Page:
Prevent Dogs from Overheating this Summer

June 19, 2018
Prevent Dogs from Overheating this Summer

Spartanburg has four beautiful seasons, and most of us love enjoying the best of each one. In summer, our many hiking trails and extra vacation time call us outdoors, but it’s important to keep everyone safe from one of the downsides of summer: the heat and humidity. As good pet parents, you need to know how to help your dogs stay cool during these long, hot days of summer.

For tips on keeping cats safe in hot weather, read our How to Keep Cats Cool blog.

Schedule a summer vet visit

Which dogs are most at risk of heat problems?

Any dog can get heat exhaustion (or it’s more severe condition, heatstroke), but the dogs most at risk for heat-related illnesses are those that are really young or really old, those that are overweight, the Brachycephalic breeds (those with short/scrunched noses, like pugs and bulldogs, which makes it hard to breathe well and cool down by panting), and those with long, dense coats. If your dog meets several of these criteria (e.g. an older, overweight Pekinese), take special precautions during these hot months.

What can happen when a dog gets too hot?

When humans get hot, we sweat to cool our bodies. While dogs sweat some out of their paws, their main way to cool down is from panting, or rapidly breathing with tongues hanging out. If your dog is not able to keep cool enough just from panting, you may notice these other signs of overheating:

  • Excessing panting
  • Weakness or lethargy
  • Dizziness or walking strangely
  • Drooling
  • When severe: collapse, convulsions, diarrhea or vomiting

If you see these signs, immediately give your dog cool water, let him/her sit in or swim in water, and call your vet as soon as possible.

The best way to handle heat exhaustion in dogs is to prevent it from happening in the first place.

Tips to prevent dogs from getting overheated:

At home

  • Don’t leave dogs outside for long periods of time. Especially in the middle of the day, being outdoors may be too hot for many dogs. If you have to leave a dog outside, make sure he has access to a shaded area and plenty of water.
  • Provide cool places in the house for your dog. Ideally, let your dog have access to non-carpeted floors to lie on, or cool parts of an enclosed or dark room. He may also like to be near a fan or an air conditioning vent. If your dog stays in a crate during the day, make sure it’s not in a hot, stuffy room.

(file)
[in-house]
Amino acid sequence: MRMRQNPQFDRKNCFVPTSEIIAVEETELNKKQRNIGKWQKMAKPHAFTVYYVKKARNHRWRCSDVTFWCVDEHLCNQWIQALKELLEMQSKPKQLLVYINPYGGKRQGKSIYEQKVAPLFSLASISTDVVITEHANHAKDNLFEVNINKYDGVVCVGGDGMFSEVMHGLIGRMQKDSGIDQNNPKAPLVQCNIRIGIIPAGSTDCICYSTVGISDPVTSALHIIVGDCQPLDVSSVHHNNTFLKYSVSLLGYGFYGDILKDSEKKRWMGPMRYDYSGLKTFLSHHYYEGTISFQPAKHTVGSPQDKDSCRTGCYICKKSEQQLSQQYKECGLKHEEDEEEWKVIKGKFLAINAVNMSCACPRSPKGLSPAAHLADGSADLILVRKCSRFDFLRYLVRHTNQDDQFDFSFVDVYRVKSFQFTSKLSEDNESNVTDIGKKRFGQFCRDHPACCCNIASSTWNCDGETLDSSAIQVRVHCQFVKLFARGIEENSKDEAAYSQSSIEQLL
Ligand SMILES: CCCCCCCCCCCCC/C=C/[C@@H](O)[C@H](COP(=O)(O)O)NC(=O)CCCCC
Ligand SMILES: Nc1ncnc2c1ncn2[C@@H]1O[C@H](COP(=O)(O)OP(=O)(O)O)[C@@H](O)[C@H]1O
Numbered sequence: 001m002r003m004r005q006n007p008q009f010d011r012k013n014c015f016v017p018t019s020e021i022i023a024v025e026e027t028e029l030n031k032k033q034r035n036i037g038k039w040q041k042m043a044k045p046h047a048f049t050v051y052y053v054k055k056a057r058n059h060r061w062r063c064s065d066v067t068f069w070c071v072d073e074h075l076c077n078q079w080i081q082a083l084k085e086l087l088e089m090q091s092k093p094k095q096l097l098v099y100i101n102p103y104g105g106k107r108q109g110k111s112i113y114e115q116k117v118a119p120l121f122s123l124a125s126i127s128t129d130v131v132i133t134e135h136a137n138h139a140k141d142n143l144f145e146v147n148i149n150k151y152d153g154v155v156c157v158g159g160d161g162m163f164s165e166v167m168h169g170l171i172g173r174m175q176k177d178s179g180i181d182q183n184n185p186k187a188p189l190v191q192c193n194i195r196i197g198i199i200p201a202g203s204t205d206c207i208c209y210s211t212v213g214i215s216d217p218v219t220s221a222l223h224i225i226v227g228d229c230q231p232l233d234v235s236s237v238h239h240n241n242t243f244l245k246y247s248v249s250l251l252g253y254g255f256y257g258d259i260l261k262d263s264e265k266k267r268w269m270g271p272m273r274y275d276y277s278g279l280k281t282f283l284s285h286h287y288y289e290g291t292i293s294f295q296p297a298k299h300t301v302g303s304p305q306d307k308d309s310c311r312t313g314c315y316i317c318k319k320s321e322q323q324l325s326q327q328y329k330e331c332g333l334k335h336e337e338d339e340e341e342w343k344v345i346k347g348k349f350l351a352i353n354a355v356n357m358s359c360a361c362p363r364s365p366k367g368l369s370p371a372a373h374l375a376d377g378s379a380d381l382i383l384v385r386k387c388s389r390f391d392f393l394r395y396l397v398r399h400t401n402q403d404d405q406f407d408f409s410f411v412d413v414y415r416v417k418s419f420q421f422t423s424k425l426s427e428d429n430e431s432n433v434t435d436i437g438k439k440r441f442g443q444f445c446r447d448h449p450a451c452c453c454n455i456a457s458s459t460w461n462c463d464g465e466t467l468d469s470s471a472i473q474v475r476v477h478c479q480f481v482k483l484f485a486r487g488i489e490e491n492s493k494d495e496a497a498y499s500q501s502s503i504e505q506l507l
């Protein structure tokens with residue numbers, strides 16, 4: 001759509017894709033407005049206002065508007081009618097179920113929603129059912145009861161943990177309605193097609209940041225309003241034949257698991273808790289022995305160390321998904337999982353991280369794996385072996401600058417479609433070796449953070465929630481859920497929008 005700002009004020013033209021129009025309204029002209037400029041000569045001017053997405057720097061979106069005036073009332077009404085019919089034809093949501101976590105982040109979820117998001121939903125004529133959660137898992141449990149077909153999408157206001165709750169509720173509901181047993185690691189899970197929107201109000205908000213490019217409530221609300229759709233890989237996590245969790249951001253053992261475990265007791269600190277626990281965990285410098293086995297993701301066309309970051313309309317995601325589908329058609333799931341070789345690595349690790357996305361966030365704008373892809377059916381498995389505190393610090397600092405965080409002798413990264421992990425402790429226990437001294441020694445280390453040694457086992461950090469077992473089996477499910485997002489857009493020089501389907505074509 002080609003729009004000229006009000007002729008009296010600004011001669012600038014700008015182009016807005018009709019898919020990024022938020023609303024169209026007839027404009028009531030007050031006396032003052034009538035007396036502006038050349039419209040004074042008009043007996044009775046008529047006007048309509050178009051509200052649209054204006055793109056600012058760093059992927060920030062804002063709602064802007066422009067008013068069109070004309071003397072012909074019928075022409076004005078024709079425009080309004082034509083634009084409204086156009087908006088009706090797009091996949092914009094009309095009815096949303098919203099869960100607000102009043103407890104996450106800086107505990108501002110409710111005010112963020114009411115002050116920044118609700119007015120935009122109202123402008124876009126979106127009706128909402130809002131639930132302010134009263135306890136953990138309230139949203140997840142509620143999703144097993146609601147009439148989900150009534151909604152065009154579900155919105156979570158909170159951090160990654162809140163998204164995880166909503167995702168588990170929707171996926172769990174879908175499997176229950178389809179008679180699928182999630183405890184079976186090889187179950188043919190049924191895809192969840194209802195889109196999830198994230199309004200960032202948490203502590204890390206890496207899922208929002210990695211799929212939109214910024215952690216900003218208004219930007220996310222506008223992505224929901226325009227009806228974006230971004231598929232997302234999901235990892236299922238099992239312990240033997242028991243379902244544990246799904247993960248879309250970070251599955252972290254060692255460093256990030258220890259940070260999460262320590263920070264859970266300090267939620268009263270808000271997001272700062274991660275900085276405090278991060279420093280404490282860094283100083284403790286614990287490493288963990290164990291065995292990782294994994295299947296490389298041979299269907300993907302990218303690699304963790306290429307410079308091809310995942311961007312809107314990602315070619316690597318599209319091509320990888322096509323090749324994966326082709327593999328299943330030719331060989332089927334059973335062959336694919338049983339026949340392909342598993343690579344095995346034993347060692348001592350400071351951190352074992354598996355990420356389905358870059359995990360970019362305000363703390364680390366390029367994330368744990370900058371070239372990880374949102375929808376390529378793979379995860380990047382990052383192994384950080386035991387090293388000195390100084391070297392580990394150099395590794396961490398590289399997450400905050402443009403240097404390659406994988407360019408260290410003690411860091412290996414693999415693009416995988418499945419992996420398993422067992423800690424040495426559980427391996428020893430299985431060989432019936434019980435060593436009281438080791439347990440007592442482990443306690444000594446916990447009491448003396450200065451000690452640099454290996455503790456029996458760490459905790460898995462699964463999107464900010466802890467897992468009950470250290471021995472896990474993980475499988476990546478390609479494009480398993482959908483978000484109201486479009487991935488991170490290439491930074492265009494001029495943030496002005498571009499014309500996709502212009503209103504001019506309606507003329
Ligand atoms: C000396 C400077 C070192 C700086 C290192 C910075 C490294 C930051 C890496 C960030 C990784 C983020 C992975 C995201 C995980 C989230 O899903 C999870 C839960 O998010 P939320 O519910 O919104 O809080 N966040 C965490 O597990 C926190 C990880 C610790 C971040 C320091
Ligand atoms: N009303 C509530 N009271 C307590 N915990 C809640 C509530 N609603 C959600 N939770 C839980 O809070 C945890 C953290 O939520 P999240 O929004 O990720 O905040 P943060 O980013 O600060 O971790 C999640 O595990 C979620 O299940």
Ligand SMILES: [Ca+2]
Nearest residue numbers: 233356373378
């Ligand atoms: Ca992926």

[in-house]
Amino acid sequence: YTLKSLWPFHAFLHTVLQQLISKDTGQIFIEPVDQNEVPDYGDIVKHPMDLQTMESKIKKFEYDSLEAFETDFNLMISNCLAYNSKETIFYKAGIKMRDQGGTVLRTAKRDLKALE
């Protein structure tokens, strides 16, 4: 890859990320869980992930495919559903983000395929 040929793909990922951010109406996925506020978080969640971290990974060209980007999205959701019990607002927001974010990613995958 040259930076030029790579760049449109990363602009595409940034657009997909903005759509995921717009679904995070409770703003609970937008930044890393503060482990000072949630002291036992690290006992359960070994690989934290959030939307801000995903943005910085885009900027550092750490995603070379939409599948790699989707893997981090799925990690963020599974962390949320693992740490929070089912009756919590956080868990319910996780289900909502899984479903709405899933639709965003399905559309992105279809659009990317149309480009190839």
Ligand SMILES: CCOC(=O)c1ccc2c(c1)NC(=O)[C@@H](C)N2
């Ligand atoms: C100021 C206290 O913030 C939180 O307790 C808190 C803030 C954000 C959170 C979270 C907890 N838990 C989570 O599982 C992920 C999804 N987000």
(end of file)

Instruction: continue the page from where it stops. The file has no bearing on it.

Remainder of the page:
• Ensure your dog always has access to fresh, cool water. Change the water more often in summer, and maybe add a few ice cubes to keep it cool.


  • Be car smart. Hot summer temperatures are even more dangerous inside of the car. Don’t leave your dog in a parked car for any amount of time. This chart shows how quickly a warm day can become fatally hot inside a car. If you’re taking your dog for a long ride, take breaks outside of the car at least every two hours, and provide water at each break.
  • Save long walks and playtime for mornings and evenings. While your dog certainly still needs bathroom breaks and exercise time, try to schedule these outings during the cooler times in mornings and evenings to avoid the mid-day heat.
  • Include extra water breaks on walks, hikes and hunting trips. When venturing outside, take along water that you can share with your dog (bringing a bowl if needed) or stop by streams or lakes so your dog can swim and drink. Also allow your dog to rest in shaded areas during and after long walks.

When you make your plans to explore around Spartanburg, elsewhere in the Upstate or even at the beach, be sure to keep your dog’s health in mind. A little advance planning (bringing water, finding shade, taking car breaks) can ensure your dog is healthy and happy all summer.

If you have questions about summer plans with your dogs, make an appointment with the helpful vets at Animal Clinic of Woodruff today. And if your dog prefers to avoid the heat and stay inside while you’re out adventuring, we’ll be happy to provide summer dog boarding.

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